9,000! ABC reaches notable HerbClip Research Summary milestone
HerbClips are two- to three-page summaries and critical reviews of scientific journal articles that cover medicinal plant-related human clinical research, ethnobotanical reviews, analytical methods, regulatory data, market information, conservation and sustainability studies, and more.
The summaries typically focus on the growing body of human clinical research on herbal products, including systematic reviews and meta-analyses of these trials.
"ABC Members often share with me how much they appreciate HerbClip,” said Denise Meikel, ABC director of development. “I’m told this invaluable resource makes research for R&D, claim substantiation, etc. much easier and it makes staying up to date on the latest literature less time consuming.”
The origin story
HerbClip started in 1992, four years after ABC was founded. At the time, ABC Founder and Executive Director Mark Blumenthal would designate relevant news and scientific articles to be photocopied and mailed to numerous friends and colleagues.
About a year later, when he learned that this activity had become increasingly costly, Blumenthal called two friends in the herb industry — Jim Beck (1946–2021), founder and then-owner of Solar Herbs (now Solaray, a division of Nutraceutical Corp.), and Ken Murdock, then-president and owner of Nature’s Way — and asked if they would be willing to pay for summaries of the latest herb research and related developments. They agreed, as did many other herb industry colleagues over a short period of time, and HerbClip became a permanent, funded ABC publication.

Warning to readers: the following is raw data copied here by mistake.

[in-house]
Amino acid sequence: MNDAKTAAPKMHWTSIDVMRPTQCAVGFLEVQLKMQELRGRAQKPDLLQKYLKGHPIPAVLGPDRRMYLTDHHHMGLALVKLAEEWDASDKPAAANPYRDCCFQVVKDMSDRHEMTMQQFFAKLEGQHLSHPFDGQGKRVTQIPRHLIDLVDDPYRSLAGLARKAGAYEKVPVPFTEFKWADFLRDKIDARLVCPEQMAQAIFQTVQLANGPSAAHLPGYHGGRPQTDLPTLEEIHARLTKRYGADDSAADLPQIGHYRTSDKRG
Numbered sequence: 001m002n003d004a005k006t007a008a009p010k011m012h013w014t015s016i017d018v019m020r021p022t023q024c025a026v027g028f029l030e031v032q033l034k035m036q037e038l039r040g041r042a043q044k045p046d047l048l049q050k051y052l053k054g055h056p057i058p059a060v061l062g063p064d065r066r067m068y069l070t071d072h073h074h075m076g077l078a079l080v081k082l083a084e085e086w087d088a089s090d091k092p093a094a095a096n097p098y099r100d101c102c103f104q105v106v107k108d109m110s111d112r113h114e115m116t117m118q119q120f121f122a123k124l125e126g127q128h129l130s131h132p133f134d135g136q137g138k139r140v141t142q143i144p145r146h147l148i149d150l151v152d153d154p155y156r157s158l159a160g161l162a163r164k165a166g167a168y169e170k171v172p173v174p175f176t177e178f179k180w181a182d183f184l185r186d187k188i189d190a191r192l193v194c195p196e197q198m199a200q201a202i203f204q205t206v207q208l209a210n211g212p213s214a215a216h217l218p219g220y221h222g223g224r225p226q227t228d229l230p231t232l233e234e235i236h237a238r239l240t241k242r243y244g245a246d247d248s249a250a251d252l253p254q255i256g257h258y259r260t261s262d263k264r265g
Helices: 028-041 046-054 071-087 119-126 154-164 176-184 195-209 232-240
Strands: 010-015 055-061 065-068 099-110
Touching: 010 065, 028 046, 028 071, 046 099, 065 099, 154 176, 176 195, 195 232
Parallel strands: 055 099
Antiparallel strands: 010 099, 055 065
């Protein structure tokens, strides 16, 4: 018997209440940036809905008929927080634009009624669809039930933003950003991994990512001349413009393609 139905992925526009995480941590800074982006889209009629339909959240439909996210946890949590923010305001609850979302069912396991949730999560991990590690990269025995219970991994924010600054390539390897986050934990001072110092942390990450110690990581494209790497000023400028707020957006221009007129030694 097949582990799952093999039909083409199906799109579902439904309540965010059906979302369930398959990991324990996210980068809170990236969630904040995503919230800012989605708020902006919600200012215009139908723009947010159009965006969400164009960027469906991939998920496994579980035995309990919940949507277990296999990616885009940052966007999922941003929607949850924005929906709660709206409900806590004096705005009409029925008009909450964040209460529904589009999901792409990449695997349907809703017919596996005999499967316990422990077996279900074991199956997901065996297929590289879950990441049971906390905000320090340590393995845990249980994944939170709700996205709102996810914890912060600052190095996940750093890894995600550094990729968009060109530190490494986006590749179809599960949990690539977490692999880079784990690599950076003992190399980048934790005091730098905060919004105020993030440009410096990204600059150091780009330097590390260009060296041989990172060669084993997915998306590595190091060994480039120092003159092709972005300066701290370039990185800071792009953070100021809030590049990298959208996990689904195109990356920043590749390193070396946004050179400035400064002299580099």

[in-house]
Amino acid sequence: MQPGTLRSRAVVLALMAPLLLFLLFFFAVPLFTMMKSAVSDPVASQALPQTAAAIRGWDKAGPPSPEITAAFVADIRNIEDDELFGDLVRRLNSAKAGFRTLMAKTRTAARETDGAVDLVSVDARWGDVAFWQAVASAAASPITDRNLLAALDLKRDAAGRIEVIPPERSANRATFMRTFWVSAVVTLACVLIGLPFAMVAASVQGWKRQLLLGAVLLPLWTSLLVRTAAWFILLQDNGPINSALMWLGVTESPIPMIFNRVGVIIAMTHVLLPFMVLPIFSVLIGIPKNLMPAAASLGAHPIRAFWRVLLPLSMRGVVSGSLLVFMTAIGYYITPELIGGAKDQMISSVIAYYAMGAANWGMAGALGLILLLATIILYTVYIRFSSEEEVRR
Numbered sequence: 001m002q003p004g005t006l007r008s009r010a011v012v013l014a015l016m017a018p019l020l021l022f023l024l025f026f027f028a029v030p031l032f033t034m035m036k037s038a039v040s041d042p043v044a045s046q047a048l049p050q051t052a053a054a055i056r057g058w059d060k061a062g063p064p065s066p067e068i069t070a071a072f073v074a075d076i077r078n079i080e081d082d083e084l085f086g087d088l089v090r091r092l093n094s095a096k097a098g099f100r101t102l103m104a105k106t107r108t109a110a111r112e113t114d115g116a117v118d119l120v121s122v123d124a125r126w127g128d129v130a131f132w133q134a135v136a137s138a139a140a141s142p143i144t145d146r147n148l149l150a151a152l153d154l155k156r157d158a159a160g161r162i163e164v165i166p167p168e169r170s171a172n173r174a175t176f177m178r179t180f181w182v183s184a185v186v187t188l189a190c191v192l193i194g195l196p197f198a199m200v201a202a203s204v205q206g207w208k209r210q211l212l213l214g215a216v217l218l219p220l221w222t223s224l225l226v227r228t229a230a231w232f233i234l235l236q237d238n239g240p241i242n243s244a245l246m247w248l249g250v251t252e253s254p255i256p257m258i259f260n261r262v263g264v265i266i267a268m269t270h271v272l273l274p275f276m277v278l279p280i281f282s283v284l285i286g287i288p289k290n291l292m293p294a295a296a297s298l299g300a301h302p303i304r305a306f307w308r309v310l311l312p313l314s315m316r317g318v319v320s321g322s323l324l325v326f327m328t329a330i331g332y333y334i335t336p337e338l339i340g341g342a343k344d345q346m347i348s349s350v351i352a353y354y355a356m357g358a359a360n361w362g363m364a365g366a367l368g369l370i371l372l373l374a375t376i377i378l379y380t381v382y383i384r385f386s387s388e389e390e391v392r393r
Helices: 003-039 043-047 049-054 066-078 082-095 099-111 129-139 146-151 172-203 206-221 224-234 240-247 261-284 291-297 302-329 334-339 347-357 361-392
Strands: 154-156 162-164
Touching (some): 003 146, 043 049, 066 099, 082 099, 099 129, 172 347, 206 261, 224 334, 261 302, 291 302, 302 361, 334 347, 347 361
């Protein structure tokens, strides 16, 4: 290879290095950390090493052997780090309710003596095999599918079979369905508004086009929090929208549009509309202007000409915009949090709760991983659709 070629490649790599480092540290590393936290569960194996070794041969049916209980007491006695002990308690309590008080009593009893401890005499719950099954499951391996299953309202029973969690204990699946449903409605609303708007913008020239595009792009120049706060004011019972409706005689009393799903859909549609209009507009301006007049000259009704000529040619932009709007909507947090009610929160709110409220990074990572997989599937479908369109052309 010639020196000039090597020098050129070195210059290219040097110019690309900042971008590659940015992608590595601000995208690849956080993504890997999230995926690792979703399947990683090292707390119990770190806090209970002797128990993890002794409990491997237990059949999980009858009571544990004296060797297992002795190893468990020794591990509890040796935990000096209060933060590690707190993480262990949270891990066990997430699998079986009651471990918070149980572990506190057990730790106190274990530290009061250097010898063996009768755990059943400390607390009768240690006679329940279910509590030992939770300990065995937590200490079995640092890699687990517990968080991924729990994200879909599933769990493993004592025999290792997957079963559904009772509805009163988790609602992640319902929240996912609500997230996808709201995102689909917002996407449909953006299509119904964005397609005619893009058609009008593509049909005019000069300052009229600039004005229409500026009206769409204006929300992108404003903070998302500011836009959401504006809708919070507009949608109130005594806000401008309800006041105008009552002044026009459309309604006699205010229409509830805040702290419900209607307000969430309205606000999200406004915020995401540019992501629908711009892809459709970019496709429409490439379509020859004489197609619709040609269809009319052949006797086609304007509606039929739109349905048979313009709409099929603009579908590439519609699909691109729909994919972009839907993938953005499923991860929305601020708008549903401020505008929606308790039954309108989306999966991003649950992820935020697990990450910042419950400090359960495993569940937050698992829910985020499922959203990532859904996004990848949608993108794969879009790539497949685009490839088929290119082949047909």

In 2005, ABC added “HerbClip News,” a column of commentary from HerbClip Managing Editor Lori Glenn, with each mailing. Two years later, in 2007, the first electronic HerbClips were sent to ABC members, which dramatically expanded readership. By 2009, all HerbClips were delivered electronically, reflecting ABC’s commitment to environmental sustainability.
“HerbClip has uniquely documented the explosive growth in clinical research on medicinal plant formulations,” said Blumenthal. “These days there are so many clinical research trials being published that we cannot keep up with the pace of publication. We now seldom produce HerbClip summaries and critical reviews on the thousands of studies that cover medicinal plant chemistry, toxicology, and pharmacological research each year — much of which is not always directly relevant to traditional and modern use of medicinal plants. Instead, we focus on human trials, making HerbClip a unique and invaluable resource.
Commenting on the valuye of HerbClip, Cindy Angerhofer, PhD, Executive Fellow of Botanical Research at Aveda, stated: “I have always read the ABC HerbClips with interest. Sometimes the articles are from journals that I already track for my daily work, but many times they are taken from sources that I am not routinely monitoring, so the HerbClip brings me new information.
“This service continues to be a valuable resource for the casual reader as well as the more seasoned professional or practitioner.”